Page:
The Office for National Statistics (ONS) said the fall to 2.4%, down from 2.7%, was largely driven by lower prices for food and non-alcoholic drinks.
The Consumer Prices Index (CPI) figure surprised experts who had been expecting inflation to fall to 2.6%.
The result is expected to ease pressure on the Bank of England to raise interest rates in the near future.
Ian Browne, pensions expert at Quilter said: “Many people will welcome the drop in inflation from 2.7% to 2.4% as what has felt like a suffocating squeeze on cost of living for some will ease.
“In particular, thanks to the Triple Lock pensioners will get an inflation-busting rise next year with the weekly state pension going from £164.35 to £168.60.”
(Source: Office for National Statistics)
Melanie Baker, an economist at Royal London Asset Management, said: “There was some better news for the consumer today - inflation is rising at a slower pace than pay growth.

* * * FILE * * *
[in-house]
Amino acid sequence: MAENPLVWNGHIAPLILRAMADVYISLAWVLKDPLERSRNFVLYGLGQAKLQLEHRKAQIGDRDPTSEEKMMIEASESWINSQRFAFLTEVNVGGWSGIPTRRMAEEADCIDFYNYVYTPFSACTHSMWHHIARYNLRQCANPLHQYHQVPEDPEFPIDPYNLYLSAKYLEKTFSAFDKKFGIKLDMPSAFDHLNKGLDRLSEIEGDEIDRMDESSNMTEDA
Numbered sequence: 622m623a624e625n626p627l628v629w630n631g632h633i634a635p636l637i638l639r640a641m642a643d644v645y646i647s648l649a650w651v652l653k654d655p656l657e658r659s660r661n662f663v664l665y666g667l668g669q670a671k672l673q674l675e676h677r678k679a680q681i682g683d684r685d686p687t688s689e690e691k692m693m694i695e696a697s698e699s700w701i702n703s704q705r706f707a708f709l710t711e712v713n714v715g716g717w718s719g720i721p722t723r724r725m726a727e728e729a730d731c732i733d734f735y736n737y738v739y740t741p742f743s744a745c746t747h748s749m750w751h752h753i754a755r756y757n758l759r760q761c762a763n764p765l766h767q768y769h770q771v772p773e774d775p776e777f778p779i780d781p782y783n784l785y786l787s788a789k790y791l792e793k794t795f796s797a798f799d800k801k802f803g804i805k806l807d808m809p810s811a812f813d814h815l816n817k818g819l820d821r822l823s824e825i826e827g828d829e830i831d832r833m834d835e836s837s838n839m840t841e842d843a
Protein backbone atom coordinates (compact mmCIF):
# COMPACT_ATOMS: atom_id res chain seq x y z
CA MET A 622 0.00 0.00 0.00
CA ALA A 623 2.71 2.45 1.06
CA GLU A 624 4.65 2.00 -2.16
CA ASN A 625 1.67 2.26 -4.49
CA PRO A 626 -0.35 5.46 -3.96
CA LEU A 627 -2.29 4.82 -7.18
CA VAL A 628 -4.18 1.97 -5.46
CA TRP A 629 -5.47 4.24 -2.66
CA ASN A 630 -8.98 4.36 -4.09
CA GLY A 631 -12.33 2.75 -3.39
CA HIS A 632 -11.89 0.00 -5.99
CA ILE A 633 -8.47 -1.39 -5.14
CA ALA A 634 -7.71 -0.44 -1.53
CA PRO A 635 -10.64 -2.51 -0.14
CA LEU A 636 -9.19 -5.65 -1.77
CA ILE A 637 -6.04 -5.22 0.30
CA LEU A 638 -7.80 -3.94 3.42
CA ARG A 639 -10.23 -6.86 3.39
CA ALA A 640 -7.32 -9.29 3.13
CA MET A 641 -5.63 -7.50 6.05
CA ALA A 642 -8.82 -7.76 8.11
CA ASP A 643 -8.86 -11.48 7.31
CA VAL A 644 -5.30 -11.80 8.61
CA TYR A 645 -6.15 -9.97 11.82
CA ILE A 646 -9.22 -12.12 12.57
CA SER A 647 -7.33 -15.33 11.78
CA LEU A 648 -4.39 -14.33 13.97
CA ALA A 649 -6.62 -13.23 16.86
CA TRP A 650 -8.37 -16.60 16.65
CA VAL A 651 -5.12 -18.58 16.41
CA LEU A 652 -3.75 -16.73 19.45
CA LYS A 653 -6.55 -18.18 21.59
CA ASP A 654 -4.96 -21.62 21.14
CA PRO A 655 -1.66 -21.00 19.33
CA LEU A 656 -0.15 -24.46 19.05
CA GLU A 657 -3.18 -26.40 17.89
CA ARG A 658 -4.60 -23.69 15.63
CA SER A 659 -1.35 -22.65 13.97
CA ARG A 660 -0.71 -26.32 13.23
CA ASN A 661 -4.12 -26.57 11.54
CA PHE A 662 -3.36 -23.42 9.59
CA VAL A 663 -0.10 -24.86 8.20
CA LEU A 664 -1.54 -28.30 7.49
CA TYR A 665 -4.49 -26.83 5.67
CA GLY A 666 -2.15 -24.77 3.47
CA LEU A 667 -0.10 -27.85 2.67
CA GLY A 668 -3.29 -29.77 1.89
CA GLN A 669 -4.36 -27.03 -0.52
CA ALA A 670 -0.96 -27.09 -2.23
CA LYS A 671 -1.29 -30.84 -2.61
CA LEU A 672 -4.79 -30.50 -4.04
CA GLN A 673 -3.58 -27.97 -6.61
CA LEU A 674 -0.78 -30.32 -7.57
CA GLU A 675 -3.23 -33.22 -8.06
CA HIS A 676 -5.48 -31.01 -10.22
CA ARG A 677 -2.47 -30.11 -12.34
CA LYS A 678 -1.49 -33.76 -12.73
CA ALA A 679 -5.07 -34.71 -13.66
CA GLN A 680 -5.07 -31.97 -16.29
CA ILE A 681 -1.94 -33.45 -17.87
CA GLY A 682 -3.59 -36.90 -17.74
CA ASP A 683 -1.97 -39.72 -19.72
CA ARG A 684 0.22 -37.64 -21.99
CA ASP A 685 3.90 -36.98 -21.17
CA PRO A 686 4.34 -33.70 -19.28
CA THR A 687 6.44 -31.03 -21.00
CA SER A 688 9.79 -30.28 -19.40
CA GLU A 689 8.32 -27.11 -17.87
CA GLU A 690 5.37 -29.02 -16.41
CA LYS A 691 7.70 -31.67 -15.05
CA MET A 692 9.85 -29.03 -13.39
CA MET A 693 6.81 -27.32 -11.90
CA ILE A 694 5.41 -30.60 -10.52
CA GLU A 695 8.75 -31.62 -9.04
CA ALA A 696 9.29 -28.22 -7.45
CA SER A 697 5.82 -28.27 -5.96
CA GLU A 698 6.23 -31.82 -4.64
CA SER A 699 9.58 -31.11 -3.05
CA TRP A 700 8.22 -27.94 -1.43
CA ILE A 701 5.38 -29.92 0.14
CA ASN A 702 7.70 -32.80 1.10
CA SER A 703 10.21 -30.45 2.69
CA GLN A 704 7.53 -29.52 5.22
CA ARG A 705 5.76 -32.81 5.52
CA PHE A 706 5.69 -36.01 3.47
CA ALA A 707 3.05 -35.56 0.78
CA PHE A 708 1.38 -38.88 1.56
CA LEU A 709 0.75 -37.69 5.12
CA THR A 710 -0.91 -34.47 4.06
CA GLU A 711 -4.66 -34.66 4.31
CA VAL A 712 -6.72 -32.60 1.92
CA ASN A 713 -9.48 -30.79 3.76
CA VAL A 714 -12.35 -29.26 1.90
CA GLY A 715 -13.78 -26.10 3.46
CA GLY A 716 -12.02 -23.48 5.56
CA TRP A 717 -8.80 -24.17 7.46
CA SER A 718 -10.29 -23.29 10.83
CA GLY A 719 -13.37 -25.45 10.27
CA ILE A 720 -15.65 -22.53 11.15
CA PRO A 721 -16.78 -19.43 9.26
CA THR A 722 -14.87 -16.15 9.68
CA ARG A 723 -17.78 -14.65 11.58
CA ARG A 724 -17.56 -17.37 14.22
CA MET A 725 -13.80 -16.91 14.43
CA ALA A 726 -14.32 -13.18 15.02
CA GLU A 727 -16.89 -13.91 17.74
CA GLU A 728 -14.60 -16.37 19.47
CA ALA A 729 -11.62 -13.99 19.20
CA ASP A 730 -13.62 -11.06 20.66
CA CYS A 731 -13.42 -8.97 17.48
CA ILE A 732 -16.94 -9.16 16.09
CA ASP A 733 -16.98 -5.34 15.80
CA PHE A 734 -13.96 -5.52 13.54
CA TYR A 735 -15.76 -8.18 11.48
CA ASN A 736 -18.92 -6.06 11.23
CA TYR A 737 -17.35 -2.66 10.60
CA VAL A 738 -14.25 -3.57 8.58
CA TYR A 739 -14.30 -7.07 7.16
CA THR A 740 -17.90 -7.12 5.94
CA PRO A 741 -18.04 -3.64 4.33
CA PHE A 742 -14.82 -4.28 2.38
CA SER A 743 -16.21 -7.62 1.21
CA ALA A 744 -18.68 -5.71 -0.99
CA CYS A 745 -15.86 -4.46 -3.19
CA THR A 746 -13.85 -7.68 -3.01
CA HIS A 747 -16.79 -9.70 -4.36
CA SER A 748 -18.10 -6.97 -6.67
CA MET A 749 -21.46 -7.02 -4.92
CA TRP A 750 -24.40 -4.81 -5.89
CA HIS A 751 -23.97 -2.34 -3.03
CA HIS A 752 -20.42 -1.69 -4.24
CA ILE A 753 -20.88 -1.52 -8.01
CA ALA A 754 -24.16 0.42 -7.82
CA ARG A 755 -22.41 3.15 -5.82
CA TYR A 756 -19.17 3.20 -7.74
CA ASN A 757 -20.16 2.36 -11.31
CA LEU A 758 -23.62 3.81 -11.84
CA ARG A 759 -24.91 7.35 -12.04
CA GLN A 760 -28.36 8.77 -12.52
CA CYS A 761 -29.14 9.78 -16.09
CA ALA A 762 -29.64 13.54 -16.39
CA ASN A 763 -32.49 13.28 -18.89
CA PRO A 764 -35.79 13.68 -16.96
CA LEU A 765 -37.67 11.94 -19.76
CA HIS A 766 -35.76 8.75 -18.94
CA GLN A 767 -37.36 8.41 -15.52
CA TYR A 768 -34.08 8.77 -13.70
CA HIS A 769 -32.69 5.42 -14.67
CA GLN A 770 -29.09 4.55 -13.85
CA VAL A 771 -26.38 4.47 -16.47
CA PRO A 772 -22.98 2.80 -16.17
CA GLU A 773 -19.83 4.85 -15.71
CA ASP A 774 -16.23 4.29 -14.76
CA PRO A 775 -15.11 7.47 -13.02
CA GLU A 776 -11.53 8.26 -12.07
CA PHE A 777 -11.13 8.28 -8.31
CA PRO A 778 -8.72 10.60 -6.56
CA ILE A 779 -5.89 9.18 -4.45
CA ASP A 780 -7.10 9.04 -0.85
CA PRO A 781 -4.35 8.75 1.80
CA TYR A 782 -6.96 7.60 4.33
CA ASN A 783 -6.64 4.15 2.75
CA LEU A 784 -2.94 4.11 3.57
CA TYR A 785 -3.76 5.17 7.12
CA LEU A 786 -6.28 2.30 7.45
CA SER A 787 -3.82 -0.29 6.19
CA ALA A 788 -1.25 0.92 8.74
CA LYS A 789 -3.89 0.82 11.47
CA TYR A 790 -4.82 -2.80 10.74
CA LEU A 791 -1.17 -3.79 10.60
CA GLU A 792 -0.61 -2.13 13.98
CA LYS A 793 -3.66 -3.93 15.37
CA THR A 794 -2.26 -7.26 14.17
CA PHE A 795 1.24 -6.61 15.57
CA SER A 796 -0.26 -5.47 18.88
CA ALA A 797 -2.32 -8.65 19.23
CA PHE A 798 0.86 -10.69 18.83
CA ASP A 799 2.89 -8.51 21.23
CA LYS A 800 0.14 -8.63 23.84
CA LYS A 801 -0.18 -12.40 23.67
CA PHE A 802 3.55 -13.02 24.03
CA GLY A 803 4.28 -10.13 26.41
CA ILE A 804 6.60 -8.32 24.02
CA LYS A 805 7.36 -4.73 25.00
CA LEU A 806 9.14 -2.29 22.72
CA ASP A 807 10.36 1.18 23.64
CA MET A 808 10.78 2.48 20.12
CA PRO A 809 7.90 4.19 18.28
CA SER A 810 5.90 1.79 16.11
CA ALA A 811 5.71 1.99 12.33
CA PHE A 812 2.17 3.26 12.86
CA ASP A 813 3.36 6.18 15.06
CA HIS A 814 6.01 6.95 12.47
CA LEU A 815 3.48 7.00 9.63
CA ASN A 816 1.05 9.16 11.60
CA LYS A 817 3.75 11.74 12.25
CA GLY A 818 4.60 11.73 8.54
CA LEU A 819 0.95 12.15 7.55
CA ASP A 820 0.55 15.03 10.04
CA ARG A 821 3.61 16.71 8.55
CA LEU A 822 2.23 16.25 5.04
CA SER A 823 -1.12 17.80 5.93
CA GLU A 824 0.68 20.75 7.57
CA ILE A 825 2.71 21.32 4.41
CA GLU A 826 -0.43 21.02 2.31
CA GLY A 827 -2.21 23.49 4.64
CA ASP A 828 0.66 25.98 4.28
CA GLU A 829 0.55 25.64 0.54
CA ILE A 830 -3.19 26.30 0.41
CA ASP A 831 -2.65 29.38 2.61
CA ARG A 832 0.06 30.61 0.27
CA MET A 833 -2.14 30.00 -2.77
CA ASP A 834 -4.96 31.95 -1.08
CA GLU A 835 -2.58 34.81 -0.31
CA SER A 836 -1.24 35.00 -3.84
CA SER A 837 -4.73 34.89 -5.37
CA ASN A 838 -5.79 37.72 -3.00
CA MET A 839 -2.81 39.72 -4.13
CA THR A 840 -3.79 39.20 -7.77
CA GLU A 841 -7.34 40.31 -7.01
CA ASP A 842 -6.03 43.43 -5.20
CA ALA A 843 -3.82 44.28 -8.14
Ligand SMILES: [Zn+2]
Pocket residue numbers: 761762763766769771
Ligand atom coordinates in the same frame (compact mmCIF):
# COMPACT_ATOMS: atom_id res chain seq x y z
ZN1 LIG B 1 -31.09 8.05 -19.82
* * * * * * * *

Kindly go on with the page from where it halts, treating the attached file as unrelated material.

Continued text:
“Today’s release gives the Bank of England a bit more breathing space.
“However, with domestic inflationary pressure still likely to pick up in coming quarters, the Bank of England still looks on track to raise rates next year, assuming some of the Brexit uncertainty is behind us.”
She added: “September CPI came in weaker than expected at 2.4% year on year (consensus: 2.6%) after 2.7% in August.
“The main drivers of the move down in CPI were largely the same as those pushing inflation up last month - theatre shows, food, sea fares and clothing - offset in part by upward pressure from energy prices and computer games - a volatile component- also added to the downward pressure.”